Local perspective on education important, says newly elected school trustee for Toronto-Danforth

Sarah Ehrhardt was elected the new Toronto District School Board trustee for Toronto-Danforth in the Oct. 24 municipal election. Photo: Submitted.

AMARACHI AMADIKE, Local Journalism Initiative Reporter

The Toronto District School Board (TDSB) will have some new trustees from East Toronto as a result of last week’s municipal election.

While Ward 16 Beaches-East York incumbent trustee Michelle Aarts was returned for a second term, both Ward 18 Scarborough Southwest and Ward 15 Toronto-Danforth will have new trustees representing them as neither of those races had an incumbent trustee running for re-election.

Malika Ghous was elected as the new trustee for Scarborough Southwest in what proved to be a very close race.

She secured her seat as trustee after defeating Anna Sidiropoulos by 63 votes.

Ghous had 5,168 votes while Sidiropoulos had 5,105 votes.

The trustee seat was open in the ward after incumbent Parthi Kandavel to run for councillor in  Scarborough Southwest. Kandavel lost the race for councillor to Incumbent Gary Crawford in what also a relatively tight finish.

In Ward 15 Toronto-Danforth, Sarah Ehrhardt won to become the new trustee by a quite comfortable margin.

Incumbent trustee for Toronto-Danforth Jennifer Story had stepped down from the position,  and did not run in this year’s election.

Ehrhardt won with more than 61 per cent of the votes cast. She had 13,962 votes, while second place finisher Sukhpreet Sangha had 3,787 votes.

On paper Ehrhardt, who is a long-time supporter of the New Democratic Party, had an easy victory. But she pointed out that “it’s called running in an election for a reason.”

“I don’t think my family would say it was easy,” said Ehrhardt. “Nearly every evening I was out knocking on doors across the ward, and every other spare moment responding to emails and other messages.”

Ehrhardt told Beach Metro Community News that she made sure to visit schools at the morning drop-offs on a regular basis as well as “attending school and parent council meetings, and visiting as many school events as I could”.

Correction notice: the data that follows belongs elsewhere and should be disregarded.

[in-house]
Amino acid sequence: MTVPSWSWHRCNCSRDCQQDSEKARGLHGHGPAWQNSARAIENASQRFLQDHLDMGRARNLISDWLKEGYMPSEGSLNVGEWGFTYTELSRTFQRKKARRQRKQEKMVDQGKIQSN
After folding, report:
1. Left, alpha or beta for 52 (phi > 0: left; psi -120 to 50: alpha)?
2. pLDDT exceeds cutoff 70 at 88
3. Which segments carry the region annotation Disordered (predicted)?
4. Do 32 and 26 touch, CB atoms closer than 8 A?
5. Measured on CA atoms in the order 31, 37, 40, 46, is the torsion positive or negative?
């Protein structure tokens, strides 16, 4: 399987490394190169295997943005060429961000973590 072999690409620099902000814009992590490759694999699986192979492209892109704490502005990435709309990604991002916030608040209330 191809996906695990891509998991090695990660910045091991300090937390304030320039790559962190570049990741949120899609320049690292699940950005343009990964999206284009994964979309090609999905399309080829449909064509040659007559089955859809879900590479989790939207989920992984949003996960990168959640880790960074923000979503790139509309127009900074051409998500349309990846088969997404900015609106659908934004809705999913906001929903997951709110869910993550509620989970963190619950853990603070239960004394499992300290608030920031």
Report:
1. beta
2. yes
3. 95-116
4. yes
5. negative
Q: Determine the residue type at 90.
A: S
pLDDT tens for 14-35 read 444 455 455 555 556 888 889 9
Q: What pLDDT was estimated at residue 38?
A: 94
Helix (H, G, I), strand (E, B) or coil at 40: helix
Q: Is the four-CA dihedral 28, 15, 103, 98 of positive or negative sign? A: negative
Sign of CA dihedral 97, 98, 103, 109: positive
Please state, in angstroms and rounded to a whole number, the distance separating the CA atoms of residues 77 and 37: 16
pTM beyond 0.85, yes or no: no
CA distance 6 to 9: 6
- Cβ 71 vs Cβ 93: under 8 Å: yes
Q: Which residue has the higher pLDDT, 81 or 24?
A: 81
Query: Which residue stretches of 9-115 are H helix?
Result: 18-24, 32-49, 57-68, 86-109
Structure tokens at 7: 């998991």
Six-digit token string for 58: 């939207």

She did so to gain a better understanding of parents’ concerns and their vision for the future of the schools in which their children attend.

A main point of concern, according to Ehrhardt’s discoveries, was the safety of children within the boundaries of their schools. She also noted that the individuals she spoke to have a desire to be kept fully informed about TDSB decisions and what is happening in their schools, as well as the need to address the “social, economic, and institutional barriers that many kids and families face.”

“It was a wonderful experience to be connecting with so many in our community,” said Ehrhardt.

One notable figure she connected with during her campaign was incumbent Toronto-Danforth Councillor Paula Fletcher. A former TDSB from trustee from 2000 to 2003, and then ward councillor since them, Fletcher continues to be a powerful advocate for the community, said Ehrhardt.

Although Ehrhardt’s landslide victory came as a result of the hard work put into her campaign, a part of this victory came thanks to Fletcher’s mentorship and endorsement. “It is humbling to have received support because of this association, and I will work hard to continue to deserve this support,” said Ehrhardt.

As new trustees with the TDSB, Ehrhardt and Ghous will now begin their respective relationships with the Ontario Ministry of Education and the provincial government which holds pretty much all of the broad power when it comes to education in the province.

“Public oversight is vital in a democracy, to make sure that decisions align with the community’s needs,” said Ehrhardt. “And having a local perspective is even more important to make sure that individuals and communities aren’t forgotten.”

Ghous did not return a request from Beach Metro Community News to comment on her election.

Amarachi Amadike is a Local Journalism Initiative Reporter for Beach Metro Community News. His reporting is funded by the Government of Canada through its Local Journalism Initiative.

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